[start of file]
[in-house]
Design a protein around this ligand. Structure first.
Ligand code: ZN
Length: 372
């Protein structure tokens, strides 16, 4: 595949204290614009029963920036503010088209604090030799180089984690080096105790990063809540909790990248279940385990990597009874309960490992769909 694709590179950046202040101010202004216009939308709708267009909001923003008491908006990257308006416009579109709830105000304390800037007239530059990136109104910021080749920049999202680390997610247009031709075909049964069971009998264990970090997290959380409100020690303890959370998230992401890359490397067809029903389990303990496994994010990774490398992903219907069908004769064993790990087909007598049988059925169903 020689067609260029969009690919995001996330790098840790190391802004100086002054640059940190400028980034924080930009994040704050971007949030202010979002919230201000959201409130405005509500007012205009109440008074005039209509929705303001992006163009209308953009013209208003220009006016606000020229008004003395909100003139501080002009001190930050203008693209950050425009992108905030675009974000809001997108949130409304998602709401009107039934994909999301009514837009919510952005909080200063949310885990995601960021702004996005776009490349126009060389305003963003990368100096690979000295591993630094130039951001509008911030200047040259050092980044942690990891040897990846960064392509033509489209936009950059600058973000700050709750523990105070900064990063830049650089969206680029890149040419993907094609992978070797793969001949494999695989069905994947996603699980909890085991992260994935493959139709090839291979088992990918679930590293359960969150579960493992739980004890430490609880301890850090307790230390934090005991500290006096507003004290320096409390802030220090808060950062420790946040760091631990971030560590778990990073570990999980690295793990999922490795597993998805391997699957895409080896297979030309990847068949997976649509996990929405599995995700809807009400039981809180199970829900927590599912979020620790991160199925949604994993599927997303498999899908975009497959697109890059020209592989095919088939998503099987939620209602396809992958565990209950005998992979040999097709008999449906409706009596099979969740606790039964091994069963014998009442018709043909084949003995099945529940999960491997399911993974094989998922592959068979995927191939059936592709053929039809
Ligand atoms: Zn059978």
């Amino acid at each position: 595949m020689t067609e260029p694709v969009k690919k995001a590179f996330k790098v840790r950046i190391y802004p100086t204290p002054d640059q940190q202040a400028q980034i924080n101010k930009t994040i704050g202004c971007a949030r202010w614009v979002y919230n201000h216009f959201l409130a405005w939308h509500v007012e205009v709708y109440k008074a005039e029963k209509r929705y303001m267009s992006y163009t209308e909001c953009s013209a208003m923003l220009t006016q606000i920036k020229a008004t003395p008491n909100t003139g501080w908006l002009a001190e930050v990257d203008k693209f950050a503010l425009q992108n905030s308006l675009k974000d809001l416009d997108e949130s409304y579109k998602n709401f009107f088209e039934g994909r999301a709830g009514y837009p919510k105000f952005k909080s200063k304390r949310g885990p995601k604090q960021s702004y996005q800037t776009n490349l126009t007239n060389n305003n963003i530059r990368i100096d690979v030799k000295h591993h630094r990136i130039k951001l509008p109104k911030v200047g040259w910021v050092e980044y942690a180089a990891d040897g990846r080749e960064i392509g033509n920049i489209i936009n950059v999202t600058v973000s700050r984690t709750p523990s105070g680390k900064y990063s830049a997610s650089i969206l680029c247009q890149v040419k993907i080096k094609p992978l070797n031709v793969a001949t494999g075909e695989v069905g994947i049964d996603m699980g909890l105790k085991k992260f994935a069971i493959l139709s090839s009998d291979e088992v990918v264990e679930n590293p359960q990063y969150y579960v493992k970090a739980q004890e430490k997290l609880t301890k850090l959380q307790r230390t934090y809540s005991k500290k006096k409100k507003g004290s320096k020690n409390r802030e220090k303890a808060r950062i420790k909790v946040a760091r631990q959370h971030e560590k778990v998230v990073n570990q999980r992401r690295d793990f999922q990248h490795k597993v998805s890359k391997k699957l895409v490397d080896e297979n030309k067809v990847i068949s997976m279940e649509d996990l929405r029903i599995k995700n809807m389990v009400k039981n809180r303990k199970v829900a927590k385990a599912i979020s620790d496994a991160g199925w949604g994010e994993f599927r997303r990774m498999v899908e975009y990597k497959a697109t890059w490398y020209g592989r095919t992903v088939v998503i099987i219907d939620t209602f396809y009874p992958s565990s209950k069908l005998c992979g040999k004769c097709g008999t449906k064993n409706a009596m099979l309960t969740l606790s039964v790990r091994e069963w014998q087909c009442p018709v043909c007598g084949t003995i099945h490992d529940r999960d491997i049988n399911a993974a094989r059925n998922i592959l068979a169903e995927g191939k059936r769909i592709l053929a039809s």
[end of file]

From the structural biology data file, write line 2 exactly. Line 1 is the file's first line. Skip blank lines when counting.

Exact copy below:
Design a protein around this ligand. Structure first.